Saudi Arabia’s fight against corruption and its disastrous repercussions on human and economic development goes beyond guarding its internal environment to promoting its role in defending the international community from the effects of the dangerous scourge.
The Saudi Presidency of the G20 has taken the initiative to establish a global network of operations for law enforcement authorities concerned with combating corruption. This comes to complement existing counter-corruption platforms fount in the Organization for Economic Co-operation and Development and Interpol.
“We will continue to lead by example in the global fight against corruption. In this regard, we welcome the first G20 Anti-Corruption Ministerial Meeting. We will continue to promote global integrity in response to the pandemic, and we endorse the G20 Call to Action on Corruption and COVID-19,” read the final communique of the G20 leaders at the end of the G20 Riyadh Summit.
The Riyadh initiative has received international praise and welcome for working to protect world security.
Saudi Arabia enjoys a long history in fighting against all kinds of corruption. It has established many laws and regulations that create and provide a healthy societal environment and protect businesses.
Many committees were formed at relevant ministries to fight all forms of corruption.
In 2011, the Kingdom founded the National Anti-Corruption Commission (Nazaha) to protect public money.
In 2019, King Salman, heeding recommendations made by Crown Prince Mohammed bin Salman, ordered merging the Control and Investigation Board and Administrative Investigations under Nazaha.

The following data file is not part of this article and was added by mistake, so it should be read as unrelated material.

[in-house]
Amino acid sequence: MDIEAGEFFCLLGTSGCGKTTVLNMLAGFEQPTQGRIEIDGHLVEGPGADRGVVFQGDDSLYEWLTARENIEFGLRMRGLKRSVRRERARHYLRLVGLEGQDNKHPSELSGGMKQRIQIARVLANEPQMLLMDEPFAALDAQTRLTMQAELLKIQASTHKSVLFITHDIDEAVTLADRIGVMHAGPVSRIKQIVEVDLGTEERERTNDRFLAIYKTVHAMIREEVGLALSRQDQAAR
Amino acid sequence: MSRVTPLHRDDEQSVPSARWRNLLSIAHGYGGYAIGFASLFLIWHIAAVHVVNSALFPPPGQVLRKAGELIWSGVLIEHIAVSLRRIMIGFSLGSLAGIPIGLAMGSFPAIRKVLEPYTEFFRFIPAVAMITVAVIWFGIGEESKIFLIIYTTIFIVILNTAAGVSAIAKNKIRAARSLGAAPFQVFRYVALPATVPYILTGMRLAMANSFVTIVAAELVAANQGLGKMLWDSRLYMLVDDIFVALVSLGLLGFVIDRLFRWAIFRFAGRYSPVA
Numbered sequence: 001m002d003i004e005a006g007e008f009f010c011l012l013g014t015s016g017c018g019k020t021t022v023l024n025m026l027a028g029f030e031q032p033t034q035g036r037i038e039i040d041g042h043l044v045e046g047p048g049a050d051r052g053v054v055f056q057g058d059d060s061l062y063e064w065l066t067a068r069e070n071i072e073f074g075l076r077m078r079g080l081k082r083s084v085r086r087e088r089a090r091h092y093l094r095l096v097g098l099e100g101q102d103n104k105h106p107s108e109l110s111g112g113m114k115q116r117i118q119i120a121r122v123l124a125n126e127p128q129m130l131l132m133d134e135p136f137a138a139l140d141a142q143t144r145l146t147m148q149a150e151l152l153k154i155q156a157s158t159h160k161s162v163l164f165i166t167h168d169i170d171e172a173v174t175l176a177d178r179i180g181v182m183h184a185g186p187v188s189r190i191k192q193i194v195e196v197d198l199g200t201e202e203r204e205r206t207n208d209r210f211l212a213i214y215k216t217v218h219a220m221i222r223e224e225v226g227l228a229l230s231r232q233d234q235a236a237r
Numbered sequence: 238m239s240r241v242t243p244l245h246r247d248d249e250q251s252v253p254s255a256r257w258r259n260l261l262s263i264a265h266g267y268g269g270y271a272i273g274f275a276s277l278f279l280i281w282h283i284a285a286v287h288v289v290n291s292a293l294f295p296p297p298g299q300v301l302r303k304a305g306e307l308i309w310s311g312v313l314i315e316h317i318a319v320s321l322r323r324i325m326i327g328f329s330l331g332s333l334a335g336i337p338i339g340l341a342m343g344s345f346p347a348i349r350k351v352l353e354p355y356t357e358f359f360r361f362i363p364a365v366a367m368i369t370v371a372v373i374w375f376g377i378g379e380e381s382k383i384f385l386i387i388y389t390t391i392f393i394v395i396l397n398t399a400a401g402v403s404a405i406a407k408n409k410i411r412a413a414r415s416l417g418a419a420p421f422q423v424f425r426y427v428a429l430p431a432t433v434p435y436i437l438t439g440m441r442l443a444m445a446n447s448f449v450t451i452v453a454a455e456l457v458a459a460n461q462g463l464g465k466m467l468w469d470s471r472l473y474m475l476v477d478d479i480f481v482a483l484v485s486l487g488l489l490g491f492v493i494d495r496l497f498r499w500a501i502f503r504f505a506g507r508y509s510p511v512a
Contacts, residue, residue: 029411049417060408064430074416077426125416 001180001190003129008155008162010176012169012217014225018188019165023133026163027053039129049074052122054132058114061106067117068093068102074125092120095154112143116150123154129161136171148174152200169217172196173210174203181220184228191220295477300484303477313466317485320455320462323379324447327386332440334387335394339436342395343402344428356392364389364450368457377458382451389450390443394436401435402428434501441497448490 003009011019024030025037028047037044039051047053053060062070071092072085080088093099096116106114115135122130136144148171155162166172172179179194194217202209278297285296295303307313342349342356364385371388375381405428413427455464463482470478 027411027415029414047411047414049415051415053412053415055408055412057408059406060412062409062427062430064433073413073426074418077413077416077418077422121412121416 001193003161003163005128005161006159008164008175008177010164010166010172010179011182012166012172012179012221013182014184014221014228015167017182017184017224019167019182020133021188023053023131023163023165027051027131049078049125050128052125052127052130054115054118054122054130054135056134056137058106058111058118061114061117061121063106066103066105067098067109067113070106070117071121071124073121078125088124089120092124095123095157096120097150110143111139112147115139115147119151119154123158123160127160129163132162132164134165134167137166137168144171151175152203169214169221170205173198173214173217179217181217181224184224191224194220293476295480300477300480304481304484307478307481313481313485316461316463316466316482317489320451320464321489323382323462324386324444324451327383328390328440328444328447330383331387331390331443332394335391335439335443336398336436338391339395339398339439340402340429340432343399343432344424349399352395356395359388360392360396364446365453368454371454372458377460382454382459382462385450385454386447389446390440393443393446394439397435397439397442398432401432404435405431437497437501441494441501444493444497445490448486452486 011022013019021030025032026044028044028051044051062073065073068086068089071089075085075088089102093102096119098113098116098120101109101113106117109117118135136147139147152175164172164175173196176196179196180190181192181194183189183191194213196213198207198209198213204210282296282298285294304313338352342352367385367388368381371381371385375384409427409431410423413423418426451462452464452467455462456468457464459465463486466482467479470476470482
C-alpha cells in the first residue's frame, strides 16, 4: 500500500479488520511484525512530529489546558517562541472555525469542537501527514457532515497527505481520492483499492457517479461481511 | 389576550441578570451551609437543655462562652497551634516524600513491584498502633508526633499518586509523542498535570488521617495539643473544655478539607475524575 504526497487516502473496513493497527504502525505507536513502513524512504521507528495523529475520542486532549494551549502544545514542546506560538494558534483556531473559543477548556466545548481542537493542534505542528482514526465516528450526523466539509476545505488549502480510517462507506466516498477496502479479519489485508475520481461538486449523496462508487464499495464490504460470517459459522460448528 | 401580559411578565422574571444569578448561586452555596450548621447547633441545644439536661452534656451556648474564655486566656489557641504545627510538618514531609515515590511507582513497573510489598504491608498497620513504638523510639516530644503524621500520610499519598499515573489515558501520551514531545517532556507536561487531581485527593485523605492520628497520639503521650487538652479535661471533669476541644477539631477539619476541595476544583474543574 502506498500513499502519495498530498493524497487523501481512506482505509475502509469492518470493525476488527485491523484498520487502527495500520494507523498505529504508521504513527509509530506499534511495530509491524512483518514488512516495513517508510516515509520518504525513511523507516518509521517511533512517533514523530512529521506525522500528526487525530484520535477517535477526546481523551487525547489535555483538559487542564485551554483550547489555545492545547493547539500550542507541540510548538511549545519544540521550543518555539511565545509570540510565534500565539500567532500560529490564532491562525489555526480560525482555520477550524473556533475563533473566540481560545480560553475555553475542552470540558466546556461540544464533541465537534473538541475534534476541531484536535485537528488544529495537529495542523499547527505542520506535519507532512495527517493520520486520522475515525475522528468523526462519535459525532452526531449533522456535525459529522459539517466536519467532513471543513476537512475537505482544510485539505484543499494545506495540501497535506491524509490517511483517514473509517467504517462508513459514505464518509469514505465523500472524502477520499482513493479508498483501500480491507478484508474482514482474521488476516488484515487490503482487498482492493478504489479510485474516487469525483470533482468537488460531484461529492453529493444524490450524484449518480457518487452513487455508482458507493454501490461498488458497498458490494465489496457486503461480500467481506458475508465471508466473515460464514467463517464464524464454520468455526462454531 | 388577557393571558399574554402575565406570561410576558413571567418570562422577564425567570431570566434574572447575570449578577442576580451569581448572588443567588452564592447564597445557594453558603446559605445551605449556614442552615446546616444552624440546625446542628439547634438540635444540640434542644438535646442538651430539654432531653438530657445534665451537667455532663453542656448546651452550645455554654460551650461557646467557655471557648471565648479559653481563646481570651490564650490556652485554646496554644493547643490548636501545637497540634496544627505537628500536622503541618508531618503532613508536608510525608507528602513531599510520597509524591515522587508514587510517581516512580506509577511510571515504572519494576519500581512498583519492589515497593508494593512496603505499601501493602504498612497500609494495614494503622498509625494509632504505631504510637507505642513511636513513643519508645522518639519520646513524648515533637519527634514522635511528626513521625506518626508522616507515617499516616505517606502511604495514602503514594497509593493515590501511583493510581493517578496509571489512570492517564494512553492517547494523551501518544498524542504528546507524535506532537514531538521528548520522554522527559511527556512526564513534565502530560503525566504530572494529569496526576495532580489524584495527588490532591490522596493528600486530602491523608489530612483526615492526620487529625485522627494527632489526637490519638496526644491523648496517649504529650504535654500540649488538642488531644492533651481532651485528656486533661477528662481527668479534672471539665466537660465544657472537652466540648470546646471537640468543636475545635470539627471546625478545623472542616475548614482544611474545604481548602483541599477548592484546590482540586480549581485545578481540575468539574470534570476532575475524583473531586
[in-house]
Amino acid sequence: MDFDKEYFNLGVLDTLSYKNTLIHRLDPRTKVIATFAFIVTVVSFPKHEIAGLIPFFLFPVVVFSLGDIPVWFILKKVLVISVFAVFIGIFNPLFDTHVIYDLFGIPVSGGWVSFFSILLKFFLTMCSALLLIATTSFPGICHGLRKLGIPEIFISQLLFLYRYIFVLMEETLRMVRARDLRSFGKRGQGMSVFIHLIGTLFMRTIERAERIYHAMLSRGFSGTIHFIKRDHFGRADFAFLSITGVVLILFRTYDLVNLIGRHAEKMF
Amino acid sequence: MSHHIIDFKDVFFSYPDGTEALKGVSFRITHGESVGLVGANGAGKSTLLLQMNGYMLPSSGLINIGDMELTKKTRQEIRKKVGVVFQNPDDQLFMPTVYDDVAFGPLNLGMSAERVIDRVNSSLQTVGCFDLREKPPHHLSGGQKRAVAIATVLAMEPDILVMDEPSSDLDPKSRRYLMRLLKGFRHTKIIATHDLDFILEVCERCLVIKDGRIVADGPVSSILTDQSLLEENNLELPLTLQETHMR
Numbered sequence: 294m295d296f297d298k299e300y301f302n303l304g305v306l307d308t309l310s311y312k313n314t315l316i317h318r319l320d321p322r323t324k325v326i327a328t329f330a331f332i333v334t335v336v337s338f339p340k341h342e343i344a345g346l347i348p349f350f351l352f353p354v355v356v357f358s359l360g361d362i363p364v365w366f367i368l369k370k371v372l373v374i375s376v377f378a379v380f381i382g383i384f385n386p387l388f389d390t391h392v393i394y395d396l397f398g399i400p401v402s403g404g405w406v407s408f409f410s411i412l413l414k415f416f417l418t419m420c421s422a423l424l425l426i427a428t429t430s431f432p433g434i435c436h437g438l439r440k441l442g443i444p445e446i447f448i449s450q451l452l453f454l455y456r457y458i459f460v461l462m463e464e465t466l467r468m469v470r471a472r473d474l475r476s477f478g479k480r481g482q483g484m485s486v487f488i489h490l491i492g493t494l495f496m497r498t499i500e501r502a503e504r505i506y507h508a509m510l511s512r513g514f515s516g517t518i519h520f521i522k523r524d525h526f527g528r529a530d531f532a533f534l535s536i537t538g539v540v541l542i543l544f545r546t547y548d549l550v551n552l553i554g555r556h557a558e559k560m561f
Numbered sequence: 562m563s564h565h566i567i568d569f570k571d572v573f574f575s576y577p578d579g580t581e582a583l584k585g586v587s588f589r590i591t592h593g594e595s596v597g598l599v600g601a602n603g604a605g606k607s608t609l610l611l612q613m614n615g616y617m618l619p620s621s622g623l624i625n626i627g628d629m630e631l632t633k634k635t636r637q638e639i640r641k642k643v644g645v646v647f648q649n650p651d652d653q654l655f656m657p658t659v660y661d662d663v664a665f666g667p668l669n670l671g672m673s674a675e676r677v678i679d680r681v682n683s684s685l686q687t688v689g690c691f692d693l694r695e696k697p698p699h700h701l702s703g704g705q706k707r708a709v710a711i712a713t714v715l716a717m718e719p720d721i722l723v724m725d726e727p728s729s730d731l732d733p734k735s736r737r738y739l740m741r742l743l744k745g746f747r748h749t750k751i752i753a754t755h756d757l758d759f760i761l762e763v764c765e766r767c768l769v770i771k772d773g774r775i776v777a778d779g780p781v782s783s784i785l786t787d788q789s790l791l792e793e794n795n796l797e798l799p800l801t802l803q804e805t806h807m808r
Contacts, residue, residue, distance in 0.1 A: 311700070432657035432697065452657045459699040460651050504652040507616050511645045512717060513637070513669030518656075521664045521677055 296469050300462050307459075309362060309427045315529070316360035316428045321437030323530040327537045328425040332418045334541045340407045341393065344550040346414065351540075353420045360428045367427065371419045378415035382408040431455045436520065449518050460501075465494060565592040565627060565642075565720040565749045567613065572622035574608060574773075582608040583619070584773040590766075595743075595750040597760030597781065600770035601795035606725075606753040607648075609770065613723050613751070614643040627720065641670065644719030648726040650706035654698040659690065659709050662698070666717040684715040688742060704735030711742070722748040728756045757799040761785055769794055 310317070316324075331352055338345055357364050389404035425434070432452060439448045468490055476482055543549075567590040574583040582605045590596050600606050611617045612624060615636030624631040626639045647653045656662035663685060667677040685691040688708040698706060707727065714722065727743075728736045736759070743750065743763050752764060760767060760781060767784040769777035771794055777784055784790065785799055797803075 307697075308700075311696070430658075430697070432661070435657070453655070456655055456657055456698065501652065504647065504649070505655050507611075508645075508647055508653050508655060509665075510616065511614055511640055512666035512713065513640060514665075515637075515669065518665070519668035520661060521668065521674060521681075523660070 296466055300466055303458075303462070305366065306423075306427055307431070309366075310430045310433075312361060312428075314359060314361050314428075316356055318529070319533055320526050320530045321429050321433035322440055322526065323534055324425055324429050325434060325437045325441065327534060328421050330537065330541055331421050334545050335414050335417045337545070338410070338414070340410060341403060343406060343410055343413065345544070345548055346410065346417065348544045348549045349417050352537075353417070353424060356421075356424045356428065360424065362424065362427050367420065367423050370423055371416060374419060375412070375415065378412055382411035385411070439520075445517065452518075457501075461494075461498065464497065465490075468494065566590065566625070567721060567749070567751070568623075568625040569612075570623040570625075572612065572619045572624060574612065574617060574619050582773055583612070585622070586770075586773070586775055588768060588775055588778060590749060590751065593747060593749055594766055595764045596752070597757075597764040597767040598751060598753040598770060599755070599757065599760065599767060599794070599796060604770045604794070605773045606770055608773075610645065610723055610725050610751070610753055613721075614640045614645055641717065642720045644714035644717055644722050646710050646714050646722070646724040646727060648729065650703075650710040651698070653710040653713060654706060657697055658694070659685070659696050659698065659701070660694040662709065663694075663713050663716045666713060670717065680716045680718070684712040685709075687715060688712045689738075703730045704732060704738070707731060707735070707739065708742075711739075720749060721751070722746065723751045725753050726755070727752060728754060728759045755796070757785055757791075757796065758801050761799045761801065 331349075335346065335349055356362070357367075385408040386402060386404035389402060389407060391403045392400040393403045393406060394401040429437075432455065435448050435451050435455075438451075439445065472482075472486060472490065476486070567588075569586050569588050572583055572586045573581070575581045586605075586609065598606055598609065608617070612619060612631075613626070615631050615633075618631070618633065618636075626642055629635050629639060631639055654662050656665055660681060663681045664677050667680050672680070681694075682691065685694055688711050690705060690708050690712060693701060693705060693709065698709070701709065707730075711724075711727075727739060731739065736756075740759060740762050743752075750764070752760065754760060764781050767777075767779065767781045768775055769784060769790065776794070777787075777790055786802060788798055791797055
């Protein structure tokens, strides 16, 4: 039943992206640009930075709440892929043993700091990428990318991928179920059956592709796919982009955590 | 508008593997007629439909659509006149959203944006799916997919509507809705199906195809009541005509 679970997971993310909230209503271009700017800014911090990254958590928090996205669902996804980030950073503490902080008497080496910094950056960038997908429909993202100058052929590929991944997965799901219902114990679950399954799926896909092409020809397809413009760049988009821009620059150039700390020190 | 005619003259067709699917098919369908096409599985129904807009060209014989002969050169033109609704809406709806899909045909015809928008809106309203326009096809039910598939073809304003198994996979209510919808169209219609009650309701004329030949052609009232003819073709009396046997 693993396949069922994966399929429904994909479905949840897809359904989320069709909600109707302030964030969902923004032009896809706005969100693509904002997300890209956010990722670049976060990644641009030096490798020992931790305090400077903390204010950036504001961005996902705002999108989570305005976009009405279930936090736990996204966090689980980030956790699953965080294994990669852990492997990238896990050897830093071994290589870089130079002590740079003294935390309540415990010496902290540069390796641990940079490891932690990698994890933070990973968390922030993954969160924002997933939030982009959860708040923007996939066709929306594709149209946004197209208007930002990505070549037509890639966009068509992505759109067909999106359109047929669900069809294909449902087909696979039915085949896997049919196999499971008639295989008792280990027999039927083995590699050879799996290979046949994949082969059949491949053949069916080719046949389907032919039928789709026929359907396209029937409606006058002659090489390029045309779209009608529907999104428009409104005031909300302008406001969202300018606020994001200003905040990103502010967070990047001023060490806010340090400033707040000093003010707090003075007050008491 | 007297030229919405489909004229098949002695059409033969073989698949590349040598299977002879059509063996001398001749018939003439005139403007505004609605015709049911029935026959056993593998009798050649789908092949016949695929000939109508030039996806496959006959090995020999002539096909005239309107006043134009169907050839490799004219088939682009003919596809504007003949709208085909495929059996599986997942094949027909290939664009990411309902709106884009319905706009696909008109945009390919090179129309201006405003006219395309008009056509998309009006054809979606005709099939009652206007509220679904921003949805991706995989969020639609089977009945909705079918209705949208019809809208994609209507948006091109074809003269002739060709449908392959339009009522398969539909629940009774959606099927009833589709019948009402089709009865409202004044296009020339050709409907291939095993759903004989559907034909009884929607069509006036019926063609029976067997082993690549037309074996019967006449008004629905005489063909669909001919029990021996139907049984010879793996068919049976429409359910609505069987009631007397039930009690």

The era overseen by the Saudi Crown marked a turning point in the fight against corruption, not only in Saudi Arabia, but also the region as a whole.
Saudi anti-corruption measures have received international praise that valued their ability to advance and safeguard one of the world's most prominent emerging economies, impacting the international economy.
Riyadh has intensified its strenuous efforts in combating corruption by sharing its experiences with countries around the world, concluding numerous agreements and MoUs.
G20 anti-corruption ministers have stressed the importance of existing international anti-corruption architecture, particularly the obligations and commitments outlined in the United Nations Convention against Corruption (UNCAC), the United Nations Convention against Transnational Organized Crime (UNTOC), the Organization for Economic Co-operation and Development (OECD) Convention on Combating Bribery of Foreign Public Officials in International Business Transactions and related instruments, and the Financial Action Task Force (FATF) Standards.
According to the ministers, these instruments collectively comprise a strong set of measures which countries should put in place to prevent and combat corruption, money laundering and other related serious economic crimes.